Importantly, a standardized, universal electronic medical record (EMR) must be created that will allow physicians to easily share information, protect patient confidentiality and maintain integrity and high information quality. The government does not need to mandate a single front-end service to access such records, but, a panel of medical and software engineering experts should be convened to decide on a universal standard for storage of medical information in a single database. A record must be designed that would allow multiple programs to interpret the records so a competitive market of software designers could create a variety of efficient and user-friendly systems, differential access based upon need to access the information (administrators and insurers would have limited access to private data, physicians full access), and a high-level of data encryption and protection of private information, a high level of data integrity (a tiered system of access for correction/modification of the record to prevent errors). This is similar to the successful model previously used by the government for the searching of SEC records by law firms using private software such as that designed by Thompson, Lexis, and EDGAR to access a government database with uniform record design. Finally, this record must be transparent and programs designed for the records must agree to be open access as “there is no security in obscurity”. EMRs, well-applied, would decrease the cost of medical administration, decrease overhead, prevent errors, allow for better data-mining for scientific study, and make transfer of information between providers more efficient.
Portability of medical care must be ensured as the culture of the US is highly migratory. Not only do US citizens typically change jobs frequently, but they rarely stay in the same state or region of the country for their entire lives. Medical care must be ensured despite employment status, or region of the country in which the patient lives. The EMR is critical for portability, as is universality.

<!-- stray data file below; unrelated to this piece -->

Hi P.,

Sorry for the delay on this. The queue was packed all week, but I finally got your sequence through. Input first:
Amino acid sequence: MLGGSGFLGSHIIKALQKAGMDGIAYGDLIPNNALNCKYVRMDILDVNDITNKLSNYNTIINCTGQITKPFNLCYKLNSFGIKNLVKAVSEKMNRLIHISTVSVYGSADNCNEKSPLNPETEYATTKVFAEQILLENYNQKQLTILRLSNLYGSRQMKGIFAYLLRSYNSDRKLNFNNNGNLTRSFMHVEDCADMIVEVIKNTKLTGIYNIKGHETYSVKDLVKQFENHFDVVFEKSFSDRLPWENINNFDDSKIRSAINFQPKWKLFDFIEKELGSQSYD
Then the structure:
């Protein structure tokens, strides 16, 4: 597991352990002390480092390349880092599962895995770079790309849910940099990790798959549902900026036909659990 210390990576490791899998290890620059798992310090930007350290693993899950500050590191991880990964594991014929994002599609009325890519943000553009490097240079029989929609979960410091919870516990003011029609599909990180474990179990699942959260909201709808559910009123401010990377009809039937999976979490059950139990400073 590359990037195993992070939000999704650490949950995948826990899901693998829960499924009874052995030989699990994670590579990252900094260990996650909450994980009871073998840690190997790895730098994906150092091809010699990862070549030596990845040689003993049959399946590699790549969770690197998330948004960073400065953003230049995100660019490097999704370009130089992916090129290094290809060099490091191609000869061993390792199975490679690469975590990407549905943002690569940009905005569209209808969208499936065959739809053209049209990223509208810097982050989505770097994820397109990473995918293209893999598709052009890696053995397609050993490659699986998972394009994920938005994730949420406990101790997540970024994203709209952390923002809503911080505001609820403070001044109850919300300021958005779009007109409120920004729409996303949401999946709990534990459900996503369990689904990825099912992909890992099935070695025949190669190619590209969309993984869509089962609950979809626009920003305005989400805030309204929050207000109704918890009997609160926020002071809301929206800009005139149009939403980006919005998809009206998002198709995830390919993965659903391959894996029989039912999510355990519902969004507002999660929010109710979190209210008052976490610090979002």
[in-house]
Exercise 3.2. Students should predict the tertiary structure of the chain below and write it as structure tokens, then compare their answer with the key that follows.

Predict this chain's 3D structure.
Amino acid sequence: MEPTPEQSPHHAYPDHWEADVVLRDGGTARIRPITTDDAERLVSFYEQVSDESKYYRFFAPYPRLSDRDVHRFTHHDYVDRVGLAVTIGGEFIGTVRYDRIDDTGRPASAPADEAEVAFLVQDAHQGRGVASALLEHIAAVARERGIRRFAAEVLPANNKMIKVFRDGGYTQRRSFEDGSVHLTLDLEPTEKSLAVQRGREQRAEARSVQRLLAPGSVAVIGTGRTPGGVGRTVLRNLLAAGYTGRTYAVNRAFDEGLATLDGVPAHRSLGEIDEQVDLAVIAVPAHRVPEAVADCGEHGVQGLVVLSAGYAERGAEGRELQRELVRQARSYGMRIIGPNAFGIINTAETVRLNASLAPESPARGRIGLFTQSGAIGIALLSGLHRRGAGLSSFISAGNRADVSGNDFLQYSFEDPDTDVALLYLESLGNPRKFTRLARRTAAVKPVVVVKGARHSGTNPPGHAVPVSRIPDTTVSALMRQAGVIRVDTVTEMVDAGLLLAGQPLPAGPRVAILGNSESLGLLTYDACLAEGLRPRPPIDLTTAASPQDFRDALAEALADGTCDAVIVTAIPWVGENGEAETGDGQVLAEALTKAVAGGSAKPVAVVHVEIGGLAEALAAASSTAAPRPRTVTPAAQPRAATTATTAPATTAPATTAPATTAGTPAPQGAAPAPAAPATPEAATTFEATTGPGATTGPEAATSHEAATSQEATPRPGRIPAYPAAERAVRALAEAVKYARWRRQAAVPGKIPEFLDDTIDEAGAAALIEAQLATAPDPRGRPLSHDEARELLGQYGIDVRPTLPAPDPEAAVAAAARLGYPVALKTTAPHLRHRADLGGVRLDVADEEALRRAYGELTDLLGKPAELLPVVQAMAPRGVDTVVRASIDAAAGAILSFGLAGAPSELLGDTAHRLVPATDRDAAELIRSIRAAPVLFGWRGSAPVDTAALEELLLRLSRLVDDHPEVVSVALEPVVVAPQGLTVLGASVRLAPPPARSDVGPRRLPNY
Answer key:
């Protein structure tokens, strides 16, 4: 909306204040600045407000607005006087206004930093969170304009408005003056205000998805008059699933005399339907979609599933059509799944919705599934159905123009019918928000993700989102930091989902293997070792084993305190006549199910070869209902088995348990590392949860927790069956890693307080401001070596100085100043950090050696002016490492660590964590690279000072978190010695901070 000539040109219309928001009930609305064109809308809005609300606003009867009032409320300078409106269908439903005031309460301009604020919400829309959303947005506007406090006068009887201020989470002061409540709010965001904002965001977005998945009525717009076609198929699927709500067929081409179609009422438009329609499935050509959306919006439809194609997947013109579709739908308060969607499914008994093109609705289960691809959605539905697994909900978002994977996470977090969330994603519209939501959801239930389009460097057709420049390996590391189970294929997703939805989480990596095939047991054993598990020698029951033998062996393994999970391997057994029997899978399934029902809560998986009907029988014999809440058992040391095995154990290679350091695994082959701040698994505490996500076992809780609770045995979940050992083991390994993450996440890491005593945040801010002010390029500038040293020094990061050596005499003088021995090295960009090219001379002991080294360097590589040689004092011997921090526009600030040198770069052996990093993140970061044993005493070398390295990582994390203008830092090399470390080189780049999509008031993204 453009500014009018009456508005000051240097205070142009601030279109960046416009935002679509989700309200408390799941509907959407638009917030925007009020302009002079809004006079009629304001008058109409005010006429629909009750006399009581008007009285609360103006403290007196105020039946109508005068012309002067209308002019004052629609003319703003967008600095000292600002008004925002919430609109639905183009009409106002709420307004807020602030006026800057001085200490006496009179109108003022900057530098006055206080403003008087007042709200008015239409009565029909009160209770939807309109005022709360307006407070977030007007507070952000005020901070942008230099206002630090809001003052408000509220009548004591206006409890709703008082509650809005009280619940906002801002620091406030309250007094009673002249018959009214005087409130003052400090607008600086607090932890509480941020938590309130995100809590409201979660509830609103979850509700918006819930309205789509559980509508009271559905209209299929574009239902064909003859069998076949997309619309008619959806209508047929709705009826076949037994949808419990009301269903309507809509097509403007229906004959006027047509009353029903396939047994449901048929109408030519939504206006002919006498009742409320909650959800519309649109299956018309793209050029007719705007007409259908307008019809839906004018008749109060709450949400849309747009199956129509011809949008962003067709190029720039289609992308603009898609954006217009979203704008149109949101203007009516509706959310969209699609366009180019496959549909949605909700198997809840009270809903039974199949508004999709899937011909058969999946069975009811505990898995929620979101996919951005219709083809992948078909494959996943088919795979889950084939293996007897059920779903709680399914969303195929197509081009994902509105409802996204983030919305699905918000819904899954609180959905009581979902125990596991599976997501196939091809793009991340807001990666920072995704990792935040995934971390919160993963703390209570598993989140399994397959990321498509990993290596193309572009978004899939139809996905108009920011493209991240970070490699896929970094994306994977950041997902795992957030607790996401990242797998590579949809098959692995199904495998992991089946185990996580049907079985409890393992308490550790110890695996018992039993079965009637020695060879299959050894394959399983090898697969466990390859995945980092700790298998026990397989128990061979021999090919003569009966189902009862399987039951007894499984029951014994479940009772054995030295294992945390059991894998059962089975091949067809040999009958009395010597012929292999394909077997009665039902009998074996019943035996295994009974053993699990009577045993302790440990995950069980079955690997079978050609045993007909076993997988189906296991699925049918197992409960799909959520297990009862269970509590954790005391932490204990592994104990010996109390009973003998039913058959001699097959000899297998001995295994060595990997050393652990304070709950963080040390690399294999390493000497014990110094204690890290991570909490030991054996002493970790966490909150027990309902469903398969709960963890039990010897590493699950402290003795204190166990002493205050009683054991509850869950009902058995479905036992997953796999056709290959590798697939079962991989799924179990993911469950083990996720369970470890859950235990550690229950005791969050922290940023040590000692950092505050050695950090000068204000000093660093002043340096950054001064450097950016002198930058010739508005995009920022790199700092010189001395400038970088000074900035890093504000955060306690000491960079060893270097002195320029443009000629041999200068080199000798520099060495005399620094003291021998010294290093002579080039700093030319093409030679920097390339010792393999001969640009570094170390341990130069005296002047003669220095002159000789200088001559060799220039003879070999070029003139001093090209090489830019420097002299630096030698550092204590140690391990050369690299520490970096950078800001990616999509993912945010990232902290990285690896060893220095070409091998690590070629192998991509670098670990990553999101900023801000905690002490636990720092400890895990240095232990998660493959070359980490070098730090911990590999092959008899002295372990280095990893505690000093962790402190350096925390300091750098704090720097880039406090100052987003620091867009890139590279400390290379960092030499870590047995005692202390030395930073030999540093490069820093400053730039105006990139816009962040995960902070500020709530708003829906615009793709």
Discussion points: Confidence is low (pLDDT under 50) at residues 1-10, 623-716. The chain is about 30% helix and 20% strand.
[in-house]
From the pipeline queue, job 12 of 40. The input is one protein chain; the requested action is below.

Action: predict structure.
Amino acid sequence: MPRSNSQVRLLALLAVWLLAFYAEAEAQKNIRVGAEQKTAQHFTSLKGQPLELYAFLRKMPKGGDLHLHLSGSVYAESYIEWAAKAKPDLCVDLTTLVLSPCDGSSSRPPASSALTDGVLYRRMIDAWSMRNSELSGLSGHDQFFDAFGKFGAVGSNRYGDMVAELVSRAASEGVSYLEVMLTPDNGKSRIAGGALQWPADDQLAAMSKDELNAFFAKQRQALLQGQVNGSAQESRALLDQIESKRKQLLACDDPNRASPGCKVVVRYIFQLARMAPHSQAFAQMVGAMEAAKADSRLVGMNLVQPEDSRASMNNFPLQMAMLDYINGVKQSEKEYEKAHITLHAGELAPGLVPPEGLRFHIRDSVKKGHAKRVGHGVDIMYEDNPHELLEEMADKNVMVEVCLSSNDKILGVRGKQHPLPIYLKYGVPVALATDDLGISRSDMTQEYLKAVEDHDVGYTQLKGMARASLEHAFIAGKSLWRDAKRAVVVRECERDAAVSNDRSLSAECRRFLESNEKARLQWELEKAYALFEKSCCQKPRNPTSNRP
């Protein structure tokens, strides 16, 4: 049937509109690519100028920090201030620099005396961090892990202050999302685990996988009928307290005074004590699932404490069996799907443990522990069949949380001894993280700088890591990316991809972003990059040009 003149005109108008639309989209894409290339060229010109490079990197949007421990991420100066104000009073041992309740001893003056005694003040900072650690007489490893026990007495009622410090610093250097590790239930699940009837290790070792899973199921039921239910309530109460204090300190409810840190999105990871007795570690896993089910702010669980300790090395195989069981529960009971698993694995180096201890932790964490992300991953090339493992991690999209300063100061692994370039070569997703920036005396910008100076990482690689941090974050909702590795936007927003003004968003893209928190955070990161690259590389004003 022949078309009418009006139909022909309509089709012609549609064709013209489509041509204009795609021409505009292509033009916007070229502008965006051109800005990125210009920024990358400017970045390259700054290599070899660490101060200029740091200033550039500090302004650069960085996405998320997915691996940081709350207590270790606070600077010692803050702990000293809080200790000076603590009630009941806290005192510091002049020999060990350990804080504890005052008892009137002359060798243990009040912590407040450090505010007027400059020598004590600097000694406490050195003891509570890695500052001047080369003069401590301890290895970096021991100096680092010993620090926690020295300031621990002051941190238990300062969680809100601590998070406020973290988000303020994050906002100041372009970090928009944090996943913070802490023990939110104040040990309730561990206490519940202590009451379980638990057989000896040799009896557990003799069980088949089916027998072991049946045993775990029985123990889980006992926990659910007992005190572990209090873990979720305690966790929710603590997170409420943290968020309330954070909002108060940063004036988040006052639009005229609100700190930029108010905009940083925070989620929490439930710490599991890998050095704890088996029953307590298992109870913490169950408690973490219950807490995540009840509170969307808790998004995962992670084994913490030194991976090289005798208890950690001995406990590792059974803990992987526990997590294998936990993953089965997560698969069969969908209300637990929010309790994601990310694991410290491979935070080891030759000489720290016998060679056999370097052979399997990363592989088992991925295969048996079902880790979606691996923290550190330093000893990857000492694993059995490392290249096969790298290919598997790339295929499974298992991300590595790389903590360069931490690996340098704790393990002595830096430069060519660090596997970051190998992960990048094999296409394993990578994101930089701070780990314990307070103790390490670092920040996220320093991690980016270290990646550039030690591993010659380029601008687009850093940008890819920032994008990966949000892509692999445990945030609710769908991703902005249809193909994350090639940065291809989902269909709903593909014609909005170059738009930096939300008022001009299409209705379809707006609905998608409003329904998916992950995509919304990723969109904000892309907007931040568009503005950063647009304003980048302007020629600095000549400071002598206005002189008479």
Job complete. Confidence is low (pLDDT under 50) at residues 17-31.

Finally, the principle of justice must be applied to medical care as the United States still struggles with inequalities among healthcare for its citizens related to race, sexuality, and poverty. Provision of care must be decided based upon science and evidence, but also must be monitored for just allocation of resources, and disparities in access and quality of care. The nature of political systems is to reward those who are politically powerful. In this country that would tend to generate a system designed to benefit wealthy, older, white men. Thus before a system is even implemented it must be studied for the differential impact of resource allocation for women, minorities, homosexuals, and immigrants. One must approach the application of medical care with the realistic expectation that inequalities will inevitably be built into the system. Such inequalities must be constantly sought out and corrected, ideally with an independent panel of experts consisting of physicians, legal experts, bioethicists, and community leaders that will monitor and address such inequalities when they arise, not if they arise.